• 25th Annual Hamilton Literary Awards: Poetry Finalists

    November 21, 2018 by Stephen Near

    This is the first in a four part blog series showcasing the finalists of this year's 25th Annual Hamilton Literary Awards. Find out which authors will take home the prizes by attending the gala celebration on Dec. 10, 2018 at Theatre Aquarius.

    Hamilton is a city that abounds in poets, and this year's finalists speak to the diversity of the poetry being written in our city. From the struggles of mental illness, to a playful and provocative exploration of language, to the ghostly voices of Dundurn Castle, these books move from the conversational to the surreal and blur the boundaries between genres.

    In No TV for Woodpeckers celebrated Hamilton author Gary Barwin straddles and crosses the lines between haunting and hilarious, wondrous and weird, beautiful and beastly in a unique new collection of poems. Through the realities conjured in these poetic lines, Barwin explores the connection between bodies, language, culture, and the environment all while being both philosophical and hilarious. Gary Barwin is a Canadian poet, writer, composer, multimedia artist, performer and educator. His novel Yiddish for Pirates won the 2017 Stephen Leacock Medal for Humour, the Canadian Jewish Literary Award (Fiction), and was shortlisted for the Scotiabank Giller Prize and the Governor General's Award for English-language fiction.

    Dysphoria by Shane Neilson is a heart-rending and deeply affecting commentary on the pain and anxiety of mental illness as well as the negotiation between a doctor, their patient, and an outside observer. Dysphoria follows Neilson’s previous collections of poetry; Complete Physical and On Shaving Off His Face, and in his own words it "throws acid from half-glasses but drinks some first to be fair." Shane Neilson is a poet and physician who, in addition to several collections of poetry, has published in the genres of memoir, short fiction, biography and literary criticism. 

    In Elizabeth Tessier’s The Words They Cannot Say, the poet took inspiration from the city’s heritage sites and museums. In words that are inviting and beautiful, Tessier conjures the stories of all those ghosts at Hamilton’s Dundurn Castle that she says have been her muse for years now.Inviting readers into the lives and voices of both well known and mysterious figures form the past, Tessier allows readers to eavesdrop on a time far removed yet altogether close to Hamiltonians. Tessier has previously been published in the Hamilton Arts & Letters and Thema and lives in Hamilton where she has worked in the city’s civic museums for thirty years.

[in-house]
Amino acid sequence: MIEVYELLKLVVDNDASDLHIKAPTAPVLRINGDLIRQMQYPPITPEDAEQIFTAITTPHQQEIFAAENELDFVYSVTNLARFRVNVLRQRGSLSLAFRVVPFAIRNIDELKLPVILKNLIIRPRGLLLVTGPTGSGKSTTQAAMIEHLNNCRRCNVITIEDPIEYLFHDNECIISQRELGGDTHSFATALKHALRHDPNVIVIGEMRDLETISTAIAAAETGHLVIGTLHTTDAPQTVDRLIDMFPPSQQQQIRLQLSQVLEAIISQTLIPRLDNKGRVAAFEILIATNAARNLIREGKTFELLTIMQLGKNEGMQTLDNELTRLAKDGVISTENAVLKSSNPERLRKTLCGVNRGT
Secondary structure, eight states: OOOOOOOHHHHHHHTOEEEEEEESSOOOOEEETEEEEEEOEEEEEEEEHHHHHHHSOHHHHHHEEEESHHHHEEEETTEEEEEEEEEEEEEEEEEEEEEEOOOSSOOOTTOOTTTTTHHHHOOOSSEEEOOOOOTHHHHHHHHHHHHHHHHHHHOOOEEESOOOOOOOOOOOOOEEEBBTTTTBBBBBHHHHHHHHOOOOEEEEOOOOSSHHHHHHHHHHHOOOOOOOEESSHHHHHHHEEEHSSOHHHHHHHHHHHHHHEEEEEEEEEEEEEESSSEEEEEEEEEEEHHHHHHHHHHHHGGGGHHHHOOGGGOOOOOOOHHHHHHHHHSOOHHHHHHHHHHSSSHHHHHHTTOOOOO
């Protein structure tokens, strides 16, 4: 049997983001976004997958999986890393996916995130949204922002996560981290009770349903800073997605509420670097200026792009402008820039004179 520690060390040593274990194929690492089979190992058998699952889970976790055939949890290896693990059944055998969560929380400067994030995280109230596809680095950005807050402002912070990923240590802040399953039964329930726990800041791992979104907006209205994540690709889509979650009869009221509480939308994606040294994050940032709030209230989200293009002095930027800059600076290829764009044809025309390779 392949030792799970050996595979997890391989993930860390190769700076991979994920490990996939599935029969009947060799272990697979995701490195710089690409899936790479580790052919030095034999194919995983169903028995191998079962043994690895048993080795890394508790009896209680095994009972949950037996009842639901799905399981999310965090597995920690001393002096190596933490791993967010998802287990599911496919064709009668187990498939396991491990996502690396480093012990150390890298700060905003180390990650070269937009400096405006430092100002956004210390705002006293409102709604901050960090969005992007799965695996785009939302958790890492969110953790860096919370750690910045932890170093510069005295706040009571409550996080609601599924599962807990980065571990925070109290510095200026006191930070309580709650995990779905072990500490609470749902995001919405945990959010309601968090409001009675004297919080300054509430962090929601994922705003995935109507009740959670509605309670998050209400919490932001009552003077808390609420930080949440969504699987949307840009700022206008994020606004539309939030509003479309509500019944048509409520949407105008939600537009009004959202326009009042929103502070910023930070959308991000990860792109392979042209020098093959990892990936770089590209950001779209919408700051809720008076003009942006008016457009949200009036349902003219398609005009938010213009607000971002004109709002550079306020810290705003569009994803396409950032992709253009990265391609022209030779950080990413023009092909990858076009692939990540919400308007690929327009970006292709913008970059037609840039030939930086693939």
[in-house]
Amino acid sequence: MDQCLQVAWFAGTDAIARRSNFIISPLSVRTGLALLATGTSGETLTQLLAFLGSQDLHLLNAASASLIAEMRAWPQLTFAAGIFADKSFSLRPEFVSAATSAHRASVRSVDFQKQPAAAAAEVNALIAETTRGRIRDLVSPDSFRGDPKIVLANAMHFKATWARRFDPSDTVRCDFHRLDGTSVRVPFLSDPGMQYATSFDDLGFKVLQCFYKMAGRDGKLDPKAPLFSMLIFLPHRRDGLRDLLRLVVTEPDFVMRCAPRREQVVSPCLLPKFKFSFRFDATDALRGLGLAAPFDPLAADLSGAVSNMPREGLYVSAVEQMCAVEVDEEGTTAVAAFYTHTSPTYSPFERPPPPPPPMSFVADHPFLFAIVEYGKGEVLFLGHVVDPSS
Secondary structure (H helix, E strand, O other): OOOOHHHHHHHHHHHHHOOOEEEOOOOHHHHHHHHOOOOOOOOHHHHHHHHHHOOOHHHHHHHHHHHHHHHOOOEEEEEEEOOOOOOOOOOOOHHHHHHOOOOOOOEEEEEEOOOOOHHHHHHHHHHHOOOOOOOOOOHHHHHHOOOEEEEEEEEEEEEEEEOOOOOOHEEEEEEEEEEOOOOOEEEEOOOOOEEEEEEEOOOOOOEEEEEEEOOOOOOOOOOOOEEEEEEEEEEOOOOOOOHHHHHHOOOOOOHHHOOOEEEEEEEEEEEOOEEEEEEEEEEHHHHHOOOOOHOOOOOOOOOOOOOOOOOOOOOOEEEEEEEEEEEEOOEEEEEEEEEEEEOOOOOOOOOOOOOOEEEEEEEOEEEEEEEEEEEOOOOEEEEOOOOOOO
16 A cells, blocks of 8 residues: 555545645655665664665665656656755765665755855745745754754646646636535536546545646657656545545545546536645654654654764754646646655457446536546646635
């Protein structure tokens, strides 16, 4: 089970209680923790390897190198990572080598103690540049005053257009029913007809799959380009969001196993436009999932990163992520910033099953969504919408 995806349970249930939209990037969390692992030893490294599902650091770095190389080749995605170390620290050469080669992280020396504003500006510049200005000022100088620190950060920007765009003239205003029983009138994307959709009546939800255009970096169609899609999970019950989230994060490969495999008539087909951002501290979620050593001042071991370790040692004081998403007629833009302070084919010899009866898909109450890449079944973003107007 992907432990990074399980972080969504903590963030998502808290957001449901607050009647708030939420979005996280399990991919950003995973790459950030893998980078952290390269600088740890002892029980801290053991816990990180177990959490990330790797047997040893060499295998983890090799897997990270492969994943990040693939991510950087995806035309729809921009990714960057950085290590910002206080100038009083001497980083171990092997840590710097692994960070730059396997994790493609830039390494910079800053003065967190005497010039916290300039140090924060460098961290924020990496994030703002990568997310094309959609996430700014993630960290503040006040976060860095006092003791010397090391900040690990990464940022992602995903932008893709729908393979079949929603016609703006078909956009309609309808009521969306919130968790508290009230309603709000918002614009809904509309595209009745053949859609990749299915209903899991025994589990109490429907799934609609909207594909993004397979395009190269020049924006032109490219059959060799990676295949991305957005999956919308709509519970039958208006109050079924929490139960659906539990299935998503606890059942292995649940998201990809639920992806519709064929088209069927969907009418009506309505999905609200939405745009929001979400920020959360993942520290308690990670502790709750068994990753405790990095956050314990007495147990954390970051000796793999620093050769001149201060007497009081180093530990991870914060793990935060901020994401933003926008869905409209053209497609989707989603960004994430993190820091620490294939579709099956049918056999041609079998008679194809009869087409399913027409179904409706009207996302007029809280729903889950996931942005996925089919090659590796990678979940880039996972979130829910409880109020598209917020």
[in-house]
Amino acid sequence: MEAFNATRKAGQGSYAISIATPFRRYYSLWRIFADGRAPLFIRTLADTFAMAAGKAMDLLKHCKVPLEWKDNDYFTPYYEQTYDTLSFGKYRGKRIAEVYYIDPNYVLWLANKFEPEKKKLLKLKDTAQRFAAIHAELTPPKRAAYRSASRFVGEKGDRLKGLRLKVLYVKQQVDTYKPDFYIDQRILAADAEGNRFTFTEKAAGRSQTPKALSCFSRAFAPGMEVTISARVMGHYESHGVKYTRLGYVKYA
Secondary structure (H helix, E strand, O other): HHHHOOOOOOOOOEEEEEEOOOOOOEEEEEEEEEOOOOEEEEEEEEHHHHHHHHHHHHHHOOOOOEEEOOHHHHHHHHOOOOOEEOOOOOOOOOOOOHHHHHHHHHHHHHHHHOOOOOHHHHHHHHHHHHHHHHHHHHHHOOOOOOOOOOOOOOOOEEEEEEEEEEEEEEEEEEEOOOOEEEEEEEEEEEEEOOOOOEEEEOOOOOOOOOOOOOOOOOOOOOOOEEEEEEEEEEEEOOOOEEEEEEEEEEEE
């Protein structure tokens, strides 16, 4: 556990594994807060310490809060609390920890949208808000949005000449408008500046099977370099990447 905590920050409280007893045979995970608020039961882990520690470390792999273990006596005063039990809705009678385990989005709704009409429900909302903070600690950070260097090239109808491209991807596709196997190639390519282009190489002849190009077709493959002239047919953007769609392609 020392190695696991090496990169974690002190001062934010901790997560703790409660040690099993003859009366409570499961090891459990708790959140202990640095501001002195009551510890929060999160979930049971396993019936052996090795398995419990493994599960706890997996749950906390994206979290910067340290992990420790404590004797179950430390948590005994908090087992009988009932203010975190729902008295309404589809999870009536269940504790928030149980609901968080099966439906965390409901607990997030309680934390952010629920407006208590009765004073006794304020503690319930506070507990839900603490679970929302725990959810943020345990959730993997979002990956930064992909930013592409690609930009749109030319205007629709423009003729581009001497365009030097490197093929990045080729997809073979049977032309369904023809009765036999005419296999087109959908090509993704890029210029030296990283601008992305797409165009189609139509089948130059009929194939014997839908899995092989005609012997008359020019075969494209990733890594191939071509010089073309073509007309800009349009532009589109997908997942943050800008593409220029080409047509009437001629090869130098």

This year's Award for Poetry is sponsored by:

    Next: the finalists for Non-Fiction

  • NEW Cotton Factory Artist in Residence Recipients Announced!

    November 2, 2018 by Stephen Near

    The Hamilton Arts Council is pleased to announce artists Nick La Rocca and Keira McArthur as the recipients of the Hamilton Arts Council’s newest Cotton Factory Artist in Residence Program taking place from December 2018 to February 2019.

    The Artist-In-Residence Program is a partnership between the Hamilton Arts Council and The Cotton Factory. It is a opportunity for emerging and mid-career artists to focus on their practice. Participating artists are encouraged to use their time to experiment and develop new ideas and skills in addition to forming ties with fellow artists in residence and The Cotton Factory creative community. The participating artists are invited to present their work during the final week of the residency.

    We are also excited to also announce a new partnership with the Women’s Art Association who have generously donated a $250 bursary, in support of their mandate and mission statement, Working to Advance Women in Art.  The bursary will be awarded to Keira McArthur to be put towards materials.

    Nick La Rocca is an award-winning artist and illustrator from Hamilton interested in sequential, conceptual, and experimental art. He graduated from Sheridan College and now works as a fine artist and freelance illustrator. Nick has had solo and group exhibitions in Hamilton, Oakville, Mississauga, and Toronto. Living his entire life in Hamilton, Nick enjoys encoding Hamilton subject matter and mythology into his work.

    Keira McArthur is a visual artist and performer whose exhibitions include interactive performance art, live music, and a synthesized re-interpretation of the whole process in book form. She has been in solo and group exhibitions across Ontario and been trained at such institutions as Wilfrid Laurier University, OAC/Royal Conservatory, Sheridan College, York University, and the Mary Schneider School of Fine Arts.

    Find out more about our new Residency program and some of the success stories that have come out of the artists involved HERE.

    Stay tuned to our website for the next call for submissions and download the PRESS RELEASE.

  • Call for Curators and Writers - Building Cultural Legacies

    October 26, 2018 by Stephen Near

    The Hamilton Arts Council is pleased to announce this call for curators/writers to produce feature sections to be included in the Building Cultural Legacies website.

    Building Cultural Legacies (BCL) overview: